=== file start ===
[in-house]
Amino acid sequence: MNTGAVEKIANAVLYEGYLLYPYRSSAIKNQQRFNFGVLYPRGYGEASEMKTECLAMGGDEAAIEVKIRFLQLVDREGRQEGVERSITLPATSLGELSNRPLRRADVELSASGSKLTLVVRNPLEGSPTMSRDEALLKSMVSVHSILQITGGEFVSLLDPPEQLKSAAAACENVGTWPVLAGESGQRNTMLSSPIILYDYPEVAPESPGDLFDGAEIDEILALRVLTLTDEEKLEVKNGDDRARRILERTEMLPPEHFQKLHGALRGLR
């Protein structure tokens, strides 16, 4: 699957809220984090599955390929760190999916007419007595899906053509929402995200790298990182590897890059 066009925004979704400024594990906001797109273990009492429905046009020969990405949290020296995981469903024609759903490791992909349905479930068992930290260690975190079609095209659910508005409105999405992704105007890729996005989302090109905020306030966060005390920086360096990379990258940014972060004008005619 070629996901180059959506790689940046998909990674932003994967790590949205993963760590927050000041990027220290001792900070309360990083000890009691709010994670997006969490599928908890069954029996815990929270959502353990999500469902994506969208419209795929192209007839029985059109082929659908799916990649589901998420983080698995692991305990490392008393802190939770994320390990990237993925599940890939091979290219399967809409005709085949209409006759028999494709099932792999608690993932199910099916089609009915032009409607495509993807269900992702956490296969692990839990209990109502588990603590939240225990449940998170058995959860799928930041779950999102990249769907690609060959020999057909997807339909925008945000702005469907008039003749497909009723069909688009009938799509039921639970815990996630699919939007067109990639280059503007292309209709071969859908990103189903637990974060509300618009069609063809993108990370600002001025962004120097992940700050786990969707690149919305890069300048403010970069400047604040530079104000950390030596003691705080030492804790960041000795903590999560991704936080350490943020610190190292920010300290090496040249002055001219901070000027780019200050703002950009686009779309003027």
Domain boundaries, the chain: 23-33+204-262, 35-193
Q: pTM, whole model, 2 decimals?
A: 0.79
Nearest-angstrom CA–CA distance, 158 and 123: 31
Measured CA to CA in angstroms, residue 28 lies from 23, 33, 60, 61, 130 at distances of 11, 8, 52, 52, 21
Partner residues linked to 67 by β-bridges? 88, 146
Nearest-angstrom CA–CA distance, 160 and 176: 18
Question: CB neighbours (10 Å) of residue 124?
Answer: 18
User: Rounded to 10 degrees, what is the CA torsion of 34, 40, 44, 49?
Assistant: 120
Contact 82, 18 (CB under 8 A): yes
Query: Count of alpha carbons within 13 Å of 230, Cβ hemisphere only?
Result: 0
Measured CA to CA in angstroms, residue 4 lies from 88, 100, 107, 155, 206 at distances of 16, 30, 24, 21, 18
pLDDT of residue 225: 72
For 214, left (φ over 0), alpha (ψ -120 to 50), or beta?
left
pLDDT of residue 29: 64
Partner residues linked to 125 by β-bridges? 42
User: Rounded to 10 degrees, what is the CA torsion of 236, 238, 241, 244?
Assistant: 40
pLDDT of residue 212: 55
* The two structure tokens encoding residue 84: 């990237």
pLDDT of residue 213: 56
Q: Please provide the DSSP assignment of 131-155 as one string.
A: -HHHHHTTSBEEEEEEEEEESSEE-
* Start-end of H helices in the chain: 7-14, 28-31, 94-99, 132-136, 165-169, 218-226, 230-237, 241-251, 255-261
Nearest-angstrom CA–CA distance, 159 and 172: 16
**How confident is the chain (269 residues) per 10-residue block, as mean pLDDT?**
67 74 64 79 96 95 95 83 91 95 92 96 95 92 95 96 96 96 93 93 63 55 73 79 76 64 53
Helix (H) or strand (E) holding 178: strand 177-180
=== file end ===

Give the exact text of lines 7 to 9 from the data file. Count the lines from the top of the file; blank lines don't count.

Nearest-angstrom CA–CA distance, 158 and 123: 31
Measured CA to CA in angstroms, residue 28 lies from 23, 33, 60, 61, 130 at distances of 11, 8, 52, 52, 21
Partner residues linked to 67 by β-bridges? 88, 146